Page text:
Although land tenure is a bureaucratic and tedious affair requiring you to accumulate several meters of box files, once acquired it is secure.
You cannot buy land in Ukraine but you lease it typically on 5 to 10 year leases with the right to renew and first right to buy once the moratorium on land sales is lifted.
Don't hold your breath on the moratorium being lifted anytime soon though, its been in place since 2004, was recently extended to 2016 and is not high up on the agenda for a country with bigger problems to address.
This is not necessarily a bad thing as it means you can secure land at a relatively low cost allowing your capital to go in to equipment and stocks.
To acquire land you often need to pay “key money” which “gives you the right to lease it”.
Better quality land and location is still valued high ($600) but it is perfectly possibly to pick up blocks of good land for $200 per hectare with an annual land rent in the region of $50-100 per hectare paid after harvest and often in grain.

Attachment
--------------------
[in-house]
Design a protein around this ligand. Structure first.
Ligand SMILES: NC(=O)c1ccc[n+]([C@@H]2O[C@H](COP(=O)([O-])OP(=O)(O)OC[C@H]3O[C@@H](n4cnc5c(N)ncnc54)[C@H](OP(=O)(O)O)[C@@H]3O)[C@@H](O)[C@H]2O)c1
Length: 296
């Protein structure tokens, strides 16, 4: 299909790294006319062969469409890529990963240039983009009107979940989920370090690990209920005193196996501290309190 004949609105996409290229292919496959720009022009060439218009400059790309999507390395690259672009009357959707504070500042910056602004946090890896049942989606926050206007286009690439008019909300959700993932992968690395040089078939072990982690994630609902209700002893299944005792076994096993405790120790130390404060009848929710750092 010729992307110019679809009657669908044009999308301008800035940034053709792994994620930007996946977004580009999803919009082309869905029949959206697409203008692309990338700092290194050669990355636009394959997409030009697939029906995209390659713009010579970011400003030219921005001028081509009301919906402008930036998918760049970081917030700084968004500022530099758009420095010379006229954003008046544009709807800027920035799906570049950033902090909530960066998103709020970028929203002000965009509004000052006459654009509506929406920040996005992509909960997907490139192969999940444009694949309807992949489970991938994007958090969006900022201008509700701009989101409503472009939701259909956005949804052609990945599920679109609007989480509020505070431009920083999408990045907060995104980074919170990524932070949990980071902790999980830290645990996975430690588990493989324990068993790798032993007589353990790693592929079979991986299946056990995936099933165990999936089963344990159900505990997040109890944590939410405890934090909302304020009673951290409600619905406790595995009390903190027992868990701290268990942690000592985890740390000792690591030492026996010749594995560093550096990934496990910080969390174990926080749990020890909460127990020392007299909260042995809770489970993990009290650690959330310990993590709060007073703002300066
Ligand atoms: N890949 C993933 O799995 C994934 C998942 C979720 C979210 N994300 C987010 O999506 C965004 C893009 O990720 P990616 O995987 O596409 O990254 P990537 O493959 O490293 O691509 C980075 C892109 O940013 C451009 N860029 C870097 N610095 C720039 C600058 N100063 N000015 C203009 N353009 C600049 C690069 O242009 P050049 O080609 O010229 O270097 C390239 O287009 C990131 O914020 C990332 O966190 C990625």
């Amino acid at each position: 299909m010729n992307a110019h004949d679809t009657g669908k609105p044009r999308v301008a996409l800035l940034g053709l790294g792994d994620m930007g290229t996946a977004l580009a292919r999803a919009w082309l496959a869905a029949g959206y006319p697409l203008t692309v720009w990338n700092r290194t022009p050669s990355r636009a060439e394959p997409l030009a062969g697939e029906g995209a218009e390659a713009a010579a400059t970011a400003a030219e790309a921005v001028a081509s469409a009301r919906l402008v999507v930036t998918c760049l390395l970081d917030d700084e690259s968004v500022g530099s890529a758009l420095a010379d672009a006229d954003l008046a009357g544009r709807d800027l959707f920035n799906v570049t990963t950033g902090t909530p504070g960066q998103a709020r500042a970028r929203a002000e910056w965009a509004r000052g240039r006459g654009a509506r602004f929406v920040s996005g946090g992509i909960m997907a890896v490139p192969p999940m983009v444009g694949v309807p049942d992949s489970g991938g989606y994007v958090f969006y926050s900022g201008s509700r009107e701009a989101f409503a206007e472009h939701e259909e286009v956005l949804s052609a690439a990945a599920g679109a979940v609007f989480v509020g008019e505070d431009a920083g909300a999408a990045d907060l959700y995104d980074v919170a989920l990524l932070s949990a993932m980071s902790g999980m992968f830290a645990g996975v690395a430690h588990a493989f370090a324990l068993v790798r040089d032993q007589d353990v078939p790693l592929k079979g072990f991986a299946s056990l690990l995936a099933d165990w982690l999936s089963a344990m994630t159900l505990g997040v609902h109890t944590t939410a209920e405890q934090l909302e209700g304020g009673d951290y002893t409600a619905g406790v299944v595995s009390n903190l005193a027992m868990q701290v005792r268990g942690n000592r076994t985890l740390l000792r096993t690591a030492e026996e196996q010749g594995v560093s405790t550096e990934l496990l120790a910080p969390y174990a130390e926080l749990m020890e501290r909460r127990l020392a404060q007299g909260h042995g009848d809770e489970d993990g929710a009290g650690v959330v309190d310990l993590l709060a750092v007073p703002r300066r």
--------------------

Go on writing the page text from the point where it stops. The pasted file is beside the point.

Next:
Your landlords will be villagers and your neighbours who have more use for half a tonne of grain to feed their animals than the cash equivalent.
You can pick up a former collective farm of 2-5000ha with a range of buildings in workable condition, import some equipment, talk to a few suppliers and away you go.
The risks are often perceived as great but in my experience they are no greater than anywhere else and manageable once you understand them.
But take advice; what happens in your home country will bear little resemblance to what happens in Ukraine and if you bring your business sense of fair play with you, you will be burnt.
Acquisition prices are low at the moment as many businesses are looking to divest and the current news stories has all but stopped institutional interest.
It is now possible to pick up a business for 50% of its valuation and if you keep your acquisition costs down then you have more funds available to go farming.
The conflict will pass but the demand for food will continue to rise.